We’ve written previously in this blog about the importance of partnerships with off-campus organizations, especially future employers of college graduates: companies, nonprofits and other organizations. But there is another set of stakeholders that can be equally good partners with IT: on-campus departments that have a shared stake in IT’s resources and concerns. When IT professionals partner with these groups, they can help staff gain efficiencies from technology solutions and ensure they follow best practices in key areas, such as information security.
IT has the unique opportunity — and sometimes challenge — of collaborating with virtually every academic department, business unit and student services center on campus. Technology touches every aspect of campus operations, so IT can no longer be a remote player that emerges solely to resolve technical problems. Cross-campus partnerships are vital opportunities to get IT experts involved in helping colleagues to solve problems, improve services and streamline operations.
At the University of Maryland, IT staff faced a challenge that’s likely familiar to other professionals, particularly those at research institutions. Researchers would receive a grant and then request IT support, often on tight deadlines. From IT’s point of view, they could do more to help researchers with tech support if they got involved in projects much earlier.
In cases like this, the key to resolution is to recognize where disconnects are happening. At UMD, researchers often didn’t know where to find assistance with computing, data management and the like. To fix that, a team of IT, research and library staff created a searchable database to make it easy for researchers to access university resources as they pursued proposals and managed grants. The resulting database (IRRoC, or Integrated Research Resources on Campus) was a success, garnering 10,000 page views in its first nine months. Such a resource was especially important for an institution like UMD, which hit a record $550 million in external research funding in 2015.
Yet, as with most new partnerships, the path wasn’t without bumps. The beauty of a cross-campus partnership — that it brings together individuals with various specialties and different needs — can also be the biggest challenge. The UMD team members had to learn to work together: getting familiar with new terminology, identifying shared goals and committing to good communication. These efforts paid off: IRRoC worked so well that it sparked additional collaborations.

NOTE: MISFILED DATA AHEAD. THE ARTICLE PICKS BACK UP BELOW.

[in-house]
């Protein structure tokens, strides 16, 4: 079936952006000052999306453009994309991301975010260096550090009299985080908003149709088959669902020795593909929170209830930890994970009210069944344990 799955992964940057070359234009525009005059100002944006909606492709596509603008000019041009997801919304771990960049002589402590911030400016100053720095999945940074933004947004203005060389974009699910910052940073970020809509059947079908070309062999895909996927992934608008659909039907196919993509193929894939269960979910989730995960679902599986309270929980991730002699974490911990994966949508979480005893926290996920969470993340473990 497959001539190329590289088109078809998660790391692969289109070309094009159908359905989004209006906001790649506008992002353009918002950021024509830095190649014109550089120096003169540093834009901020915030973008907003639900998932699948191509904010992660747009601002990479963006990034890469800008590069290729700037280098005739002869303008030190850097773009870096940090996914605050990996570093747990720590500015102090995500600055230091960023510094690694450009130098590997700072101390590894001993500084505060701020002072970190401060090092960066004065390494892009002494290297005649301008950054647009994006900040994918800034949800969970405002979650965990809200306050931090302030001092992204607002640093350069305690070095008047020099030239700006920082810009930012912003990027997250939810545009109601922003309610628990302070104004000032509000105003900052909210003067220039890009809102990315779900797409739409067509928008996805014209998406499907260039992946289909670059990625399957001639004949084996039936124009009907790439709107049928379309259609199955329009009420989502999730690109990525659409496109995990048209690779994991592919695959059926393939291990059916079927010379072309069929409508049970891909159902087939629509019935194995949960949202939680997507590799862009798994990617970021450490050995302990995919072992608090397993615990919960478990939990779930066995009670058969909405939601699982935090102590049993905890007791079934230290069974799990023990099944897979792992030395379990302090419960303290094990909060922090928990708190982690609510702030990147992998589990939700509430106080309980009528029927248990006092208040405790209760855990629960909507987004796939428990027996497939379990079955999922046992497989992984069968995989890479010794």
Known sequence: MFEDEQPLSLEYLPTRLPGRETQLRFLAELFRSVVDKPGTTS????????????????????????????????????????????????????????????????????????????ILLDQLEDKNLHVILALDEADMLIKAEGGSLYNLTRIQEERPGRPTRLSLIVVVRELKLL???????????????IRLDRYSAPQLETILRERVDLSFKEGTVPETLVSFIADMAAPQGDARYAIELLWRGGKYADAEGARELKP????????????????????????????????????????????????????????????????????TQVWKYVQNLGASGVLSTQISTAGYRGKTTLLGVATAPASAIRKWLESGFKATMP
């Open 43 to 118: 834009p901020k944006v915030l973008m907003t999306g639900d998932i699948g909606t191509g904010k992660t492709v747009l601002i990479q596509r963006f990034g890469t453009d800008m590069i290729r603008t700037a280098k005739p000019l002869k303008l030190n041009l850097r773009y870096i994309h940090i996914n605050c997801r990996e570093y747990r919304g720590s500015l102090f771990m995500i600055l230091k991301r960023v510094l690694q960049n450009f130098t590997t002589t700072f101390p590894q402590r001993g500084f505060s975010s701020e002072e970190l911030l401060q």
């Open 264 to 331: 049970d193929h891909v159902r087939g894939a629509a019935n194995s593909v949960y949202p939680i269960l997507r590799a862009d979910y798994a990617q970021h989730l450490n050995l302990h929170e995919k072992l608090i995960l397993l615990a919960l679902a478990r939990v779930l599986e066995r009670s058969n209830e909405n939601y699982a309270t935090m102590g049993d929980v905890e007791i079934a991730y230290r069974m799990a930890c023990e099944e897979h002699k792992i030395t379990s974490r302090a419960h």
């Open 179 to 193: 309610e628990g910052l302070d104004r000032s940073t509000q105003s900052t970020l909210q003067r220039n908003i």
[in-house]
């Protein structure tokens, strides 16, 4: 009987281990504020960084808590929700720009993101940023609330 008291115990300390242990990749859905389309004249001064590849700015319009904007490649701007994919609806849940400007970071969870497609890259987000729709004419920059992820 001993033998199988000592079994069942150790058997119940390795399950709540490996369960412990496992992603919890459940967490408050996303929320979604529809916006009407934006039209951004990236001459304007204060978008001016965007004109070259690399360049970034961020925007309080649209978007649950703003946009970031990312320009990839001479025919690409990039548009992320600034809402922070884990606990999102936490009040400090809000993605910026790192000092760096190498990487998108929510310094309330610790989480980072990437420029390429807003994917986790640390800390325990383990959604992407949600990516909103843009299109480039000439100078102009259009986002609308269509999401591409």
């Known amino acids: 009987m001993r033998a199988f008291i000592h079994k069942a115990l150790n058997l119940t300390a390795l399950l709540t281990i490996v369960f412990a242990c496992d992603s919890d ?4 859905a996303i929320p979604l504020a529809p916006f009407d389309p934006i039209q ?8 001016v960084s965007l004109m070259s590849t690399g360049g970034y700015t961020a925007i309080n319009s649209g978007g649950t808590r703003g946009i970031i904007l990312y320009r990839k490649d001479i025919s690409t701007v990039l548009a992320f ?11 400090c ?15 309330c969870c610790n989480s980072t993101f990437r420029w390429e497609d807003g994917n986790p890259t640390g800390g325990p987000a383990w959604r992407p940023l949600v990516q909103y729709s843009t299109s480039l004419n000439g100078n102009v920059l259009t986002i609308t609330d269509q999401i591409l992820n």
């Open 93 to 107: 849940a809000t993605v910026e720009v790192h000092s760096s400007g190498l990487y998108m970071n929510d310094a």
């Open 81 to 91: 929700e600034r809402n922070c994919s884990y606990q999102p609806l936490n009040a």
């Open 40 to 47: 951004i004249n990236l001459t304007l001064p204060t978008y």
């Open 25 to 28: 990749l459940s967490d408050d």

The University of South Carolina had a similar need for a cross-campus partnership, in its case between IT and the Division of Student Affairs and Academic Support. In keeping with a universitywide program that encourages students to pursue learning opportunities outside the classroom, Student Affairs needed a central, standardized way to track involvement in activities ranging from educational enrichment programs to on-campus support services.
The problem? The university had more than 40 on-campus units that offered support and enrichment programs, but they didn’t share data or roll it up to a central repository. IT, Student Affairs and the Provost’s Office collaborated to come up with a solution, Beyond the Classroom Matters, a standardized system that collects records from all the relevant programs and integrates that information with academic records.
The participants in this project had a similar experience to those at UMD, finding that it takes time for interdisciplinary partners to get familiar with each other’s areas of expertise and ways of approaching a problem. USC’s project also demonstrated the fact that on most campuses, departments are getting more interconnected all the time, often through IT, which makes effective partnerships even more important.
IT is often the thread that connects campus departments, making it a natural conduit for implementing and enhancing collaboration in the form of cross-campus relationships. Reaching out to stakeholders to understand their needs and priorities – and creating a common language — can encourage them to reciprocate. The end result will be strong partnerships that benefit everyone on campus.
This article is part of EdTech: Focus on Higher Education’s UniversITy blog series.